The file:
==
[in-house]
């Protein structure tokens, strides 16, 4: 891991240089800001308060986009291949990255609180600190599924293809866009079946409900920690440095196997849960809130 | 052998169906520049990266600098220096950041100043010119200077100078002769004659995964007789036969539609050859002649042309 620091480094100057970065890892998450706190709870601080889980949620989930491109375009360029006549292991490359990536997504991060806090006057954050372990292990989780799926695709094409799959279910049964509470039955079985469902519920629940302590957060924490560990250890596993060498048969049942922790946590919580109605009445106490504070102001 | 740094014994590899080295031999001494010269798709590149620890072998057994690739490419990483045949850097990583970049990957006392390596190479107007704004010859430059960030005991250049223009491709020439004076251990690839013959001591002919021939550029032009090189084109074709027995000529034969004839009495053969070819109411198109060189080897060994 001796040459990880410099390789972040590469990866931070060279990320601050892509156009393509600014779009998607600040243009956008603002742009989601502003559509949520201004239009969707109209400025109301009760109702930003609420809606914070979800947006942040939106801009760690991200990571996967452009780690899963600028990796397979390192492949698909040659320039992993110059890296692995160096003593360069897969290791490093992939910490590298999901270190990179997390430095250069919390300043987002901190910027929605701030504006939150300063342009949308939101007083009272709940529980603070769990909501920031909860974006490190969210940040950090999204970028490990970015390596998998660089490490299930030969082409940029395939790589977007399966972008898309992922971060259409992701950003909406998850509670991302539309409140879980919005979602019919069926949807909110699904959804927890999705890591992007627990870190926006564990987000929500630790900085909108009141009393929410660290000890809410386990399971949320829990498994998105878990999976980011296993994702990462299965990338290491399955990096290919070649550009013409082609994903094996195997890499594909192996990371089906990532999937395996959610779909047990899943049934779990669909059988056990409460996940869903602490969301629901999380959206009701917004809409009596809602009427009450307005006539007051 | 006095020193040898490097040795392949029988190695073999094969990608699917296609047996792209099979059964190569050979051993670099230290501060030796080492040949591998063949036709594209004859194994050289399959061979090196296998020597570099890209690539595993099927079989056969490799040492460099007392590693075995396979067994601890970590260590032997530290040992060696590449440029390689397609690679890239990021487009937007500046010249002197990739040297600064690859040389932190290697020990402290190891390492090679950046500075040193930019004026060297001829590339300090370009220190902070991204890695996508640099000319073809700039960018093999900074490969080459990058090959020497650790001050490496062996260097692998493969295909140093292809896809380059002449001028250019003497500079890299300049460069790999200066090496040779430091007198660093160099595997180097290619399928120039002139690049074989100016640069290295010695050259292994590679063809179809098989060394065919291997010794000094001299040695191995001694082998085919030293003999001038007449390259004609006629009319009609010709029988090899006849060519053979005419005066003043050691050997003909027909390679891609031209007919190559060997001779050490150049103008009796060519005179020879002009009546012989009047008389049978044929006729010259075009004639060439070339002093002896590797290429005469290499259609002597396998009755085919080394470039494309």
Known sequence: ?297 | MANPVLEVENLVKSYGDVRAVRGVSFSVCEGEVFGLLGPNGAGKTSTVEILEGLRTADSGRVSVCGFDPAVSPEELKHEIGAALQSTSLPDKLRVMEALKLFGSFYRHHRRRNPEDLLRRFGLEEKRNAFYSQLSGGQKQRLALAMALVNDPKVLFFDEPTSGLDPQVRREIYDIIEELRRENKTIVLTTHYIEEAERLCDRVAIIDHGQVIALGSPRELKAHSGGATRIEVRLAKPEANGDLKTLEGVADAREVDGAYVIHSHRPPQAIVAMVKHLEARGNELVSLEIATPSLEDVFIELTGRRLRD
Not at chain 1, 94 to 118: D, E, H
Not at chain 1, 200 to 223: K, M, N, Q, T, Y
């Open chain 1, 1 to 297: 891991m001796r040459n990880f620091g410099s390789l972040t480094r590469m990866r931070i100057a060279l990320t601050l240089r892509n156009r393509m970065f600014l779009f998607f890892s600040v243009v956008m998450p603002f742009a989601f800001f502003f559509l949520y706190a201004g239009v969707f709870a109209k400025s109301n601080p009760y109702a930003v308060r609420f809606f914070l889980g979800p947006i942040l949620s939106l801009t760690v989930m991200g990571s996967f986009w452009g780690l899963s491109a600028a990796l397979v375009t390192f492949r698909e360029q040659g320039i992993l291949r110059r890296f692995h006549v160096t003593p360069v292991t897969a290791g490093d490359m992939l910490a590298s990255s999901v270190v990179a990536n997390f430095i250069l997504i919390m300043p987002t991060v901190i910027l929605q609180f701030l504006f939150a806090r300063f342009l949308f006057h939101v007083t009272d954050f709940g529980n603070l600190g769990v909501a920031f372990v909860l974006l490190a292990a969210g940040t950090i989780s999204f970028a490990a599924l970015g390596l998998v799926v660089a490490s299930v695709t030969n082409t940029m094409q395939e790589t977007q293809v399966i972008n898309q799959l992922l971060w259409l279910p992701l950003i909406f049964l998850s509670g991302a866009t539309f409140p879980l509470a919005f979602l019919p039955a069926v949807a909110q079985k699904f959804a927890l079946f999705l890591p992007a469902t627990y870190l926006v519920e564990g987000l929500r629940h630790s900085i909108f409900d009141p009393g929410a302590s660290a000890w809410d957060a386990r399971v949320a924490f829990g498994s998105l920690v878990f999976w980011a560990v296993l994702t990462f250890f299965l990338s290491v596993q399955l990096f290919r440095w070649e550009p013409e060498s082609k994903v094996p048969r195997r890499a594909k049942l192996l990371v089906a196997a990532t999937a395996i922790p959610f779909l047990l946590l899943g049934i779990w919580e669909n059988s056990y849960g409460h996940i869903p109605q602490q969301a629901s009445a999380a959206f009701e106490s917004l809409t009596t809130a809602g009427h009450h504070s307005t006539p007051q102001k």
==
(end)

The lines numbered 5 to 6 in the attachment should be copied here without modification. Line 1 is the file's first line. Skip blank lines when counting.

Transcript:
Not at chain 1, 200 to 223: K, M, N, Q, T, Y
């Open chain 1, 1 to 297: 891991m001796r040459n990880f620091g410099s390789l972040t480094r590469m990866r931070i100057a060279l990320t601050l240089r892509n156009r393509m970065f600014l779009f998607f890892s600040v243009v956008m998450p603002f742009a989601f800001f502003f559509l949520y706190a201004g239009v969707f709870a109209k400025s109301n601080p009760y109702a930003v308060r609420f809606f914070l889980g979800p947006i942040l949620s939106l801009t760690v989930m991200g990571s996967f986009w452009g780690l899963s491109a600028a990796l397979v375009t390192f492949r698909e360029q040659g320039i992993l291949r110059r890296f692995h006549v160096t003593p360069v292991t897969a290791g490093d490359m992939l910490a590298s990255s999901v270190v990179a990536n997390f430095i250069l997504i919390m300043p987002t991060v901190i910027l929605q609180f701030l504006f939150a806090r300063f342009l949308f006057h939101v007083t009272d954050f709940g529980n603070l600190g769990v909501a920031f372990v909860l974006l490190a292990a969210g940040t950090i989780s999204f970028a490990a599924l970015g390596l998998v799926v660089a490490s299930v695709t030969n082409t940029m094409q395939e790589t977007q293809v399966i972008n898309q799959l992922l971060w259409l279910p992701l950003i909406f049964l998850s509670g991302a866009t539309f409140p879980l509470a919005f979602l019919p039955a069926v949807a909110q079985k699904f959804a927890l079946f999705l890591p992007a469902t627990y870190l926006v519920e564990g987000l929500r629940h630790s900085i909108f409900d009141p009393g929410a302590s660290a000890w809410d957060a386990r399971v949320a924490f829990g498994s998105l920690v878990f999976w980011a560990v296993l994702t990462f250890f299965l990338s290491v596993q399955l990096f290919r440095w070649e550009p013409e060498s082609k994903v094996p048969r195997r890499a594909k049942l192996l990371v089906a196997a990532t999937a395996i922790p959610f779909l047990l946590l899943g049934i779990w919580e669909n059988s056990y849960g409460h996940i869903p109605q602490q969301a629901s009445a999380a959206f009701e106490s917004l809409t009596t809130a809602g009427h009450h504070s307005t006539p007051q102001k």